Meaning of GF settings (was: deco calculations)
Robert C. Helling
helling at atdotde.de
Sat Jan 5 09:15:18 PST 2013
On Jan 5, 2013, at 12:17 PM, Jan Schubert wrote:
> Please note that GF is related to Bühlmann and Suunto is not using
> Bühlmann at all but RGBM (Reduced Gradient Bubble Model). AFAIK RGBM is
> not publicaly documented but might be based or similar to VPM, both
> bubble based models. In difference to Bühlmann these models try to avoid
> the formation of bubbles in tissues right from the the beginning while
> Bühlmann assumes there would be bubbles anyway and tries to keep them
> small (smaller than a critical size). In real life this results in
> deeper deco stops at VPM and and shallower but much longer ones for
> Bühlmann. Nowadays most dive Computers use Bühlmann meaning this is more
> tested (funny side note: Definitions for the maximum tissue saturations
> in the Bühlmann model are based on tests done by Haldane using goats in
> pressure chambers).
> Anyway, back to the Meaning of GF: As said, Bühlmann defines maximum
> overpressure values for all 16 tissue compartments (there are also
> easified models using "just" 8 compartments). Bühlmann itself does not
> know of GFhigh and low. If you set GFlow=GFhigh=100% then you use plain
> Bühlmann (mostly as most dive computers and calculations ad some more
> safety beside this). To add more safety to deco calculations and to
> adapt to individual preferences (like fitness, illness, coldness, ...)
> the GF limitations has been introduced meaning we just use 75% of the
> maximum overpressure defined by Bühlmann assuming you use a GFhigh=75%.
> Sidenote: The GFhigh defines the max. overpressure when surfacing, NOT
> when being/reaching/leaving the last deco stop (this is a point many
> people get wrong). To make it more complicated^Wadjustable there is an
> additional GFlow setting which defines a (usually) lower/reduced maximum
> overpressure for the beginning of the decompression phase. This also
> tries to adapt to a (disputed) deep stop based theory and heads towards
> the bubble based models in avoiding the formation of bubbles. In other
> words: GFlow and GFHigh are "just" a linear reduction of the max.
> overpressure values for all the 16 tissue compartments. The higher the
> GF settings are the shorter and shallower the deco stops but the more
> risk in getting bend. Note: GFhigh and also GFlow can be defined with
> values more than 100% if one like to use such settings.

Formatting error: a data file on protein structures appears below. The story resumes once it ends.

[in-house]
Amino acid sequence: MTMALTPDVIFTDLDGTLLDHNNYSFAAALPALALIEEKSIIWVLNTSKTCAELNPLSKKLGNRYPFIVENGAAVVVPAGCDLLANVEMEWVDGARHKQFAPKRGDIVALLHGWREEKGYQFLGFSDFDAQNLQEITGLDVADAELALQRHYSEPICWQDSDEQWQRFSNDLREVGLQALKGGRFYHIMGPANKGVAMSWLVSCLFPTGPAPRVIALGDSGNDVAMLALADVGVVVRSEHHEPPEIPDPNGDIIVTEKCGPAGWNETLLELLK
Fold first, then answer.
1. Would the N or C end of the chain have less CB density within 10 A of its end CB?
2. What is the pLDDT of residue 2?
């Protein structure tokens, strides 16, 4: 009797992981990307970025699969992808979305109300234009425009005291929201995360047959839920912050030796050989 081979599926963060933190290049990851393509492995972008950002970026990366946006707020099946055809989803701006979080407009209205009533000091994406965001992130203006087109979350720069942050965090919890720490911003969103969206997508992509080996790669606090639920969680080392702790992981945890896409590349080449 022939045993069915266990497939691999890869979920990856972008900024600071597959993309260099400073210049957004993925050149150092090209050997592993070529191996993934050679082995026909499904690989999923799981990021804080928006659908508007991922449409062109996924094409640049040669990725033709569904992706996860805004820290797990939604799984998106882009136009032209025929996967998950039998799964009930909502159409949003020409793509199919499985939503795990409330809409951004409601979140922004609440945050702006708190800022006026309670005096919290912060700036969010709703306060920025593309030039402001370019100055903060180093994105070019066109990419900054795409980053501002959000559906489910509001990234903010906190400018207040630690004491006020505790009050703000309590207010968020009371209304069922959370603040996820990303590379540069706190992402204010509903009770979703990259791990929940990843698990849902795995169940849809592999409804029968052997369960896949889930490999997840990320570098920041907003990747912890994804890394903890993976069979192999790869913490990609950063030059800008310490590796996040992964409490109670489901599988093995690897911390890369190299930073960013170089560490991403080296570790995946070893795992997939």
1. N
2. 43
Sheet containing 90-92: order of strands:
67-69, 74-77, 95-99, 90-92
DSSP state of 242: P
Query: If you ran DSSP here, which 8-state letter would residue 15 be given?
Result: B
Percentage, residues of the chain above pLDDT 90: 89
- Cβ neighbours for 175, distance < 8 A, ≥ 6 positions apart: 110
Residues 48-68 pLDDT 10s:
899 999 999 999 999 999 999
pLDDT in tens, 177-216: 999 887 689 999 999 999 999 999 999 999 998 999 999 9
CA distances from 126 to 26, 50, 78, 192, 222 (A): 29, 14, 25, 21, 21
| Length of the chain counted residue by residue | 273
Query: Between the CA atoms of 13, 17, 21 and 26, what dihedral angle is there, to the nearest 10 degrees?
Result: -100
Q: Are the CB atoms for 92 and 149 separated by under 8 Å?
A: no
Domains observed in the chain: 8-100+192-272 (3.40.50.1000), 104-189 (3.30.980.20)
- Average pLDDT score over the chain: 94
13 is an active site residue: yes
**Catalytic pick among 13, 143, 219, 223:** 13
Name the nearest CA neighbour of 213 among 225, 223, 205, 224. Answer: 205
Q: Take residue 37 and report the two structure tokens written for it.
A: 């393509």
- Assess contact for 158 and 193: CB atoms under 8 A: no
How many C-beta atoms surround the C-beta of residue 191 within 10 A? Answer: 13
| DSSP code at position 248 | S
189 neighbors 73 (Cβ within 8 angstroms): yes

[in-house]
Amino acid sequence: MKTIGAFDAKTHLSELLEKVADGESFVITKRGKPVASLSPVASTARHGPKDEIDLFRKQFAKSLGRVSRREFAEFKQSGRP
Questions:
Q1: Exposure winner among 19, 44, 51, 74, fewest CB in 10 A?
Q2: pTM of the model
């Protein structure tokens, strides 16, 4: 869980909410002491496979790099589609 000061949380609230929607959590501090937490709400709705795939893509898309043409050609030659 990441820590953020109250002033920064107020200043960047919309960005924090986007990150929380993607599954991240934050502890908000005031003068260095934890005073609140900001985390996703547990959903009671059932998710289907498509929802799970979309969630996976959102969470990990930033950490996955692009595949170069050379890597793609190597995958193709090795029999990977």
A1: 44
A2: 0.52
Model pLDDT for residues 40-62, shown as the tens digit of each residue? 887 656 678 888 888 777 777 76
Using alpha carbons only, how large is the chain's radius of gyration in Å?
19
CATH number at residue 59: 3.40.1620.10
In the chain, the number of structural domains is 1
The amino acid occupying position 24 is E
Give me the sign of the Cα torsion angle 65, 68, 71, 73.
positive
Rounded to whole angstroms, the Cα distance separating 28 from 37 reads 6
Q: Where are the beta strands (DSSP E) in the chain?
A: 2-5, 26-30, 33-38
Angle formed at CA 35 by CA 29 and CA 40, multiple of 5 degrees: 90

> And to make it even more complicated/easified there are also these 3m
> based stops introduced (10ft for imperial based people), meaning there
> is no floating deco ceiling ("smooth" using definitions by subsurface)
> but fixed stops based on depth in multiples of 3m.
To add to this from a physicists perspective: There is a very good physics/physiological motivation for diffusion based models like Bühlmann as diffusion being most natural (speed of equilibration proportional to difference). So there is no question about the tissue loading equations. There is far less evidence for the resulting ceiling and indeed Haldane and Bühlmann have done a lot with respect to real life testing (goats but also humans). The problem is, as you say, that the tissue loading is likely not the complete picture as it ignores bubble dynamics. VPM (and if RGBM does what it claims) try to add this. The downside is, that these modifications add a significant number of more parameters and their numerical values have not been empirically determined as extensively as the ones in Bühlmann etc. They have been tuned to yield deco profiles that are considered good (with deeper stops and not too much time to the surface). But they have been tuned to these profiles afaik, not with real testing (i.e. scanning parameters with lots of test subjects and measuring how often goats/people get bent, this is what Bühlmann did).
As you write, the gradient factors have no physiological motivation whatsoever, but it was found that with those you can produce similar profiles to the ones of the bubble models were created to yield. So here, you just acknowledge that you don't have a good microscopic physical model (as the bubble models without well motivated parameters) and that all you really want are good profiles. So maybe one could call GF's less physiological but more honest. Even further in that direction goes 'deco on the fly' and the like where you simply do a linear interpolation of assumed to be good profiles without any attempt to model anything in the body.
So, in particular with GFlow, you force comparatively deep stops that are supposed to eliminate bubble before they grow. But it is really a hack. GFhigh just adds some conservativism in the later part of the deco.
Robert C. Helling Elite Master Course Theoretical and Mathematical Physics
Ludwig Maximilians Universitaet Muenchen, Dept. Physik
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